6. I had one of these for a while, it was ok in theory but ultimately the whole inky mess went into a trashbag and got tossed printer and all. It was always messing up, claiming it had no ink or having cartridge errors, and getting ink everywhere.

    1. That was kind of my initial fear about these kits and why I’ve never touched one with a 10ft pole before now.
      The quality of the kits and the ink itself varies wildly from my research of it in prior years.

      I figured this would have been a potential disaster waiting to happen if I made one for my own home use, and I really don’t print enough at my house to make it worthwhile anyway. That doesn’t mean I never wanted to build and use one though!
      HOWEVER, since I’ve got it installed at a hackerspace, such a horrible failure would probably be a little more acceptable, and we could all laugh at the failure if that’s what ends up happening. (The page will be updated as we use it, we run into problems, or if it completely fails, attempts to defy physics, or produces a rainbow and black crater at it’s installation point).

    1. Neat solution!
      I know that does not defeat the depleted service station materials counter in some of the epson printers, but that’s pretty cool, and I’ll have to see if the artisan printer has such an easy to access pad/wadding like that one.

  7. I’ve never understood why people still use inkjet in the first place. I got sick of replacing inkjet cartridges that I had only printed a few pages with, simply because they got old and dried out.

    So in 2010, I bought a $200 color laser, and it’s still going strong, I’m on my third black cartridge and I’ve just started to replace some of the color ones. Put about 8000 pages through it over the years, mostly black-only, mostly in large bursts (doing a lot of printing for a volunteer gig, then back to personal duty which is mostly idle).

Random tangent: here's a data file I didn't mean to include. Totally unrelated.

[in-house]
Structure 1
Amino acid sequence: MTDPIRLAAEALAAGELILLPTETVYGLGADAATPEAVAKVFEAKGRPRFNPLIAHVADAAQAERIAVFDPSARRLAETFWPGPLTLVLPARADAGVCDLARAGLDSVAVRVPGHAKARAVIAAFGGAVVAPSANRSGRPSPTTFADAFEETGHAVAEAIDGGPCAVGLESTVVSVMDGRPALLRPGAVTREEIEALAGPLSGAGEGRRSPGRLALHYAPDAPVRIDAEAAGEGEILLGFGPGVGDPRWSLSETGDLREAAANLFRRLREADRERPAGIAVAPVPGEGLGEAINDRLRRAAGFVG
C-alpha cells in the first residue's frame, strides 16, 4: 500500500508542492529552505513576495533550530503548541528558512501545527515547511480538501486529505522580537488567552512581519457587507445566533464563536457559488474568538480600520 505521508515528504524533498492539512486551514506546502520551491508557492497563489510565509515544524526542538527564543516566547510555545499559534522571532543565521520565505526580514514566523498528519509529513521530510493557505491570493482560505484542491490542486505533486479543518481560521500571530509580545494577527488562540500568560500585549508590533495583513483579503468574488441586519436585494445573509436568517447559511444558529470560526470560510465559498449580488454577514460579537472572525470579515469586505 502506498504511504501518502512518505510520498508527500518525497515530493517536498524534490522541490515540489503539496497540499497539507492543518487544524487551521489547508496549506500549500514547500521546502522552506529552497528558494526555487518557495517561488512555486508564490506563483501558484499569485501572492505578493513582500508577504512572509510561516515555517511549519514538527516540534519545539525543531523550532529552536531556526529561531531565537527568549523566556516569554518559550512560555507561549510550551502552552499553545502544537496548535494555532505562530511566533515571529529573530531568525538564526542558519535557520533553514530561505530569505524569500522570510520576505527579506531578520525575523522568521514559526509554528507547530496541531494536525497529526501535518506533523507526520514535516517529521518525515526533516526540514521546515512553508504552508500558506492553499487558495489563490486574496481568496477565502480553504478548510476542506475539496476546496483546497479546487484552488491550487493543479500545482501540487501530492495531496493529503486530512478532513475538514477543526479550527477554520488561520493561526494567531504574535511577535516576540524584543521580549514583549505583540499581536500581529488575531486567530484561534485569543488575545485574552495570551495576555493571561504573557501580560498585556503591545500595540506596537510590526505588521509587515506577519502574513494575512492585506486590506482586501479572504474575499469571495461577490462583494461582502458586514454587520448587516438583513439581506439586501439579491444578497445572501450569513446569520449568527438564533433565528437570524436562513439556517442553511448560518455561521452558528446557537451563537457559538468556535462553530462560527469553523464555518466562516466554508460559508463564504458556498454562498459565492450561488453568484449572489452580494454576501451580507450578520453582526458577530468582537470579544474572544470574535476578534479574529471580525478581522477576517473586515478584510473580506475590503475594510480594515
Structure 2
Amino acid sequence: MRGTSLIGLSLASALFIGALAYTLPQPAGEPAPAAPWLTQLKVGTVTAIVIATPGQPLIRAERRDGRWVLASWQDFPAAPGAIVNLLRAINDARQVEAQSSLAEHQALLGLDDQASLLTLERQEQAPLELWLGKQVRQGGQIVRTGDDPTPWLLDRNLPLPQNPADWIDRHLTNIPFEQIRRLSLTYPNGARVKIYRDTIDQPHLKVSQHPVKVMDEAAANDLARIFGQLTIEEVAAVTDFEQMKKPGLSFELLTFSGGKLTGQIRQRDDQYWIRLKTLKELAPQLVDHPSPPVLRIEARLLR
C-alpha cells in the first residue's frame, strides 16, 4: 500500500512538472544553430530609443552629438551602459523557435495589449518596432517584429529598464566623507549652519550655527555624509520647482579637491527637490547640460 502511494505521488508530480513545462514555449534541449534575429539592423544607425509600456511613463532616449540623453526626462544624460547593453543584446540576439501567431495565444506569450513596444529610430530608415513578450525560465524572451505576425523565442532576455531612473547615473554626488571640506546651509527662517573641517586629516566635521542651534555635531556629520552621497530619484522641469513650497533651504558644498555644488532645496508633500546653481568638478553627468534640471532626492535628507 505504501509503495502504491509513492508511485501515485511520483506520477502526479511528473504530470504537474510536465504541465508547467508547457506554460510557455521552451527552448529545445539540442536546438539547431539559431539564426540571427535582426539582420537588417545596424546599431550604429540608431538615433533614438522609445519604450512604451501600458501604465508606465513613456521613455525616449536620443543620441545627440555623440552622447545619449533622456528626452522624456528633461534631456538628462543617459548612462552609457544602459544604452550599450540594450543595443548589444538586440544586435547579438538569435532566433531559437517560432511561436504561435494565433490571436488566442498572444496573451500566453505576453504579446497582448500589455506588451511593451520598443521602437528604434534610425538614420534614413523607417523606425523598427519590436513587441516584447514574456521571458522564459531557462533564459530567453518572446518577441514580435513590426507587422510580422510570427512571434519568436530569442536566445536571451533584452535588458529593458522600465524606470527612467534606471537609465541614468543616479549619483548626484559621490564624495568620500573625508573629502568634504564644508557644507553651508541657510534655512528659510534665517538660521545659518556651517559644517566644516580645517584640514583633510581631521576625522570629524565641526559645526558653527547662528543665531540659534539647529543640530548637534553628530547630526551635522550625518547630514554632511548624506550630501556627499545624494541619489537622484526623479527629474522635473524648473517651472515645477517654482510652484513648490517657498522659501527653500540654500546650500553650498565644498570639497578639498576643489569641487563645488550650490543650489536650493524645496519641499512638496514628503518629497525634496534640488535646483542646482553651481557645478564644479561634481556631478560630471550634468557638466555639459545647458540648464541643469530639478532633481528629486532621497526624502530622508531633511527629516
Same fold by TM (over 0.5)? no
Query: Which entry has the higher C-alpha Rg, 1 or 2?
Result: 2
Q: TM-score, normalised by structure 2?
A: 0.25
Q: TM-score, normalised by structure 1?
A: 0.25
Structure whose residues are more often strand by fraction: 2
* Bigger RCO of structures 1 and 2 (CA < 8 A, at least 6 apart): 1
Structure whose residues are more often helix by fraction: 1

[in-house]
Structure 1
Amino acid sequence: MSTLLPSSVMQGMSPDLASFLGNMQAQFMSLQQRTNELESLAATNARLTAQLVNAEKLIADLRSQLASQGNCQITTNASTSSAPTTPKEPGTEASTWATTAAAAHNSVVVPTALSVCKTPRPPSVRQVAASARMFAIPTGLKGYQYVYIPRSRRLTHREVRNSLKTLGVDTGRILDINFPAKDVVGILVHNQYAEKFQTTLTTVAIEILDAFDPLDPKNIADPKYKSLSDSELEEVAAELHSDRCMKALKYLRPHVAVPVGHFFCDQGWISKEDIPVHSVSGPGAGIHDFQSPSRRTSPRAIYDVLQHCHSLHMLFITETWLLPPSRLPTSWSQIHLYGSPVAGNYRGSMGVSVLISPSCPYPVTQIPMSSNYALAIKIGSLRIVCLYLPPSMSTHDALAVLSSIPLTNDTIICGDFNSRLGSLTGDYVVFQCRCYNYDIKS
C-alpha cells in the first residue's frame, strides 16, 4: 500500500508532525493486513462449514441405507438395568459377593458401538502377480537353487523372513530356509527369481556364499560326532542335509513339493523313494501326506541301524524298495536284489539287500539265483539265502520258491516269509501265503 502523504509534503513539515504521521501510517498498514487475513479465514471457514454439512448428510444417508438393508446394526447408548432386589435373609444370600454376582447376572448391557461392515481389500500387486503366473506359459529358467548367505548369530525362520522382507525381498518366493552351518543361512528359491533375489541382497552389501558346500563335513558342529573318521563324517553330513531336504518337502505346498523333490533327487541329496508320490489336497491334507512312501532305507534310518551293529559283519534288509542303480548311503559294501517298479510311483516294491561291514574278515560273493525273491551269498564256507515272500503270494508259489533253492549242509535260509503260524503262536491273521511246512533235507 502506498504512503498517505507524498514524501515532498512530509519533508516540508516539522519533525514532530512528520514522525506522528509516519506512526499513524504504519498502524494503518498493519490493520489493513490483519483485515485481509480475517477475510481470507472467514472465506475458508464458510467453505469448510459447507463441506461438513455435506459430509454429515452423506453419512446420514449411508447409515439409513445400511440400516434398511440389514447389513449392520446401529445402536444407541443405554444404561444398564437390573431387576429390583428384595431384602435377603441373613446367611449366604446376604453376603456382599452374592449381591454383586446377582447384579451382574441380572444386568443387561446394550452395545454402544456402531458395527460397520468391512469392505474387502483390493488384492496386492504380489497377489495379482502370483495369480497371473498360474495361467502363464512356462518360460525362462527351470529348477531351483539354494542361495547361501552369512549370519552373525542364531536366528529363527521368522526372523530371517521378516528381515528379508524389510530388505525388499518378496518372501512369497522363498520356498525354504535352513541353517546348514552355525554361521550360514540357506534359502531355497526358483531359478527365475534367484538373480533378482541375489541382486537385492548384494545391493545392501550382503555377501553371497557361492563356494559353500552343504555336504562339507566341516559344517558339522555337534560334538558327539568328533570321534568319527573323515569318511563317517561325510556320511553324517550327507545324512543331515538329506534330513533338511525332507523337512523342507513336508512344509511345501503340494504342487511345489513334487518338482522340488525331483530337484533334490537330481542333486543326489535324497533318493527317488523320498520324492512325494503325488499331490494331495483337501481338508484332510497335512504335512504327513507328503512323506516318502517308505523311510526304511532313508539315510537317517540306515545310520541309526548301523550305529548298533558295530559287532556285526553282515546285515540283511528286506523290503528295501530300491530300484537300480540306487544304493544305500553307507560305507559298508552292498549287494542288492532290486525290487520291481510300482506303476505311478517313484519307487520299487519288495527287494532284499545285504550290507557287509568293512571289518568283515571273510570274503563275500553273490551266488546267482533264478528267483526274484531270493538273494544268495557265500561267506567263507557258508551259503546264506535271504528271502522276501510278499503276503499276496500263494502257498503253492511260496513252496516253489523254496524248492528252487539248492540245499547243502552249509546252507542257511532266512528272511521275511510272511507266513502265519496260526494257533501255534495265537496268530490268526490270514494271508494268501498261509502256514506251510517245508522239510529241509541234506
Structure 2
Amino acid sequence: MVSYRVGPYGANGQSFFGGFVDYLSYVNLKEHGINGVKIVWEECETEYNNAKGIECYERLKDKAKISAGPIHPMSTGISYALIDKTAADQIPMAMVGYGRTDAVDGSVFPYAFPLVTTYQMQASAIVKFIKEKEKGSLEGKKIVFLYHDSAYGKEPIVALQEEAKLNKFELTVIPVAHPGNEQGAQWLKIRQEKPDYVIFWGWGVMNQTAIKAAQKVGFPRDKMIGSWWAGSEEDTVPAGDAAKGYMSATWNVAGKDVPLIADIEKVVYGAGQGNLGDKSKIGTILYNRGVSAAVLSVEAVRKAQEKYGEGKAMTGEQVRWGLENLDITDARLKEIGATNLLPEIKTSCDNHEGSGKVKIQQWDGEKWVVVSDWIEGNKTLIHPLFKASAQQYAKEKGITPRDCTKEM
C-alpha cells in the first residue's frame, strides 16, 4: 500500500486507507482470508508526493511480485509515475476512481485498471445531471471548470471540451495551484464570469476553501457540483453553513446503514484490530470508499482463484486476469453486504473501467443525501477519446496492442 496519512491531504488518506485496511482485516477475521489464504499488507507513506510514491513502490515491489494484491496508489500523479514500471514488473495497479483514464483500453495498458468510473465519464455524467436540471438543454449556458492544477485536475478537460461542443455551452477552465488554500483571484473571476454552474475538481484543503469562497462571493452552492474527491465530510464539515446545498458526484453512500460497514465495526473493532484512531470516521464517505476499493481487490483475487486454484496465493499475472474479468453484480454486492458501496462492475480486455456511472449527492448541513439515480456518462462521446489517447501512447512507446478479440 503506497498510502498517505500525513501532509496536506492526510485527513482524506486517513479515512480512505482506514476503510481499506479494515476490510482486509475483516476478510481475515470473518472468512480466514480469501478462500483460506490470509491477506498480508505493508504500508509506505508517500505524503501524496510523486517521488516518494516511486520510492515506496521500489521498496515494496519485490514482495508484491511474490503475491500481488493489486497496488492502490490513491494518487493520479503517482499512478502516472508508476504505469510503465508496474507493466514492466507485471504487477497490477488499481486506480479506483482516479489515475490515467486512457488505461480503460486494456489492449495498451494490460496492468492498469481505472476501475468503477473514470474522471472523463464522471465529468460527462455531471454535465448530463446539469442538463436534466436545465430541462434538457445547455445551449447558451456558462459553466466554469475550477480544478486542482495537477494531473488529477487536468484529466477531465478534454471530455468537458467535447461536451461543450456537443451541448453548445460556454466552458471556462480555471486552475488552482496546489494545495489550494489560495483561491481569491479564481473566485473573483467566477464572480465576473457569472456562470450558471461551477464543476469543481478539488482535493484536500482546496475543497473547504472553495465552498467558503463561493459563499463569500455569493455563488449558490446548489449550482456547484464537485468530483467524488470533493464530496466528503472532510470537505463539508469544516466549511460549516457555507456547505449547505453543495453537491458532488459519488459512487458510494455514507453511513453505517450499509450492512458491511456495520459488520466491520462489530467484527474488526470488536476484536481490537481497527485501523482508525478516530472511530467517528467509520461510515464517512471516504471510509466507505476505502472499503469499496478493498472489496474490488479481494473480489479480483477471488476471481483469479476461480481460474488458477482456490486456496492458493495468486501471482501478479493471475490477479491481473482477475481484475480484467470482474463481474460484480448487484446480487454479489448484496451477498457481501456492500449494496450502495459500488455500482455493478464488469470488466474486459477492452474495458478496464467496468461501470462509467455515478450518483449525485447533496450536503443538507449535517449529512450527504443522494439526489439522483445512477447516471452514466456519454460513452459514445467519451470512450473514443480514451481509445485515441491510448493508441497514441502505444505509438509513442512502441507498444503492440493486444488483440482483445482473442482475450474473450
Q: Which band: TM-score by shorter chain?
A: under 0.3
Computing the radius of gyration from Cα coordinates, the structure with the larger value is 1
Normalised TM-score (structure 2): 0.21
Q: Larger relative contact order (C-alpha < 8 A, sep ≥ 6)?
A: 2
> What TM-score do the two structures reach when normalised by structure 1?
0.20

Toner doesn’t dry out like ink. Fusers don’t clog like nozzles. Everything about the machine is shelf-stable, so it can literally sit for years, fire up and run one page (okay, maybe two; the transfer belt might be dusty and the first one will look funny), then sit for more years and be completely fine. As a side bonus, the toner isn’t soluble so the printed pages don’t run if they get wet. You don’t realize how nice this is until your laminated outdoor sign springs a pinhole leak…

    When I am using it heavily, it’s fast, quiet (no head rocketing back and forth across the page to shake the unit and the table it’s on), and the consumables cost is super low.

    The sole downside that I’ve noticed is that it’s a heavy monster to carry around. Takes up a whole seat in my car — definitely not something I can toss in a totebag and walk around with! But CISS makes inkjet pretty non-portable, too.

    What’s the use-case for inkjet again?

    1. I want to use this to help us print and bind some custom books for an event we may be doing.
      Public domain stuff is pretty cool!

      We put together a basic prototype of a book (using very hacky methods) using our color laserjet, and when we pressed everything together and left it a while, we had toner being transferred from one page to another! (Face to face).
      The pages also stuck together after we left the prototype in a car for a while! We live in Arizona, so cars can get QUITE HOT in the summer inside! This obviously was not what we wanted at all, and I was forced to look to some other way to make our books happen.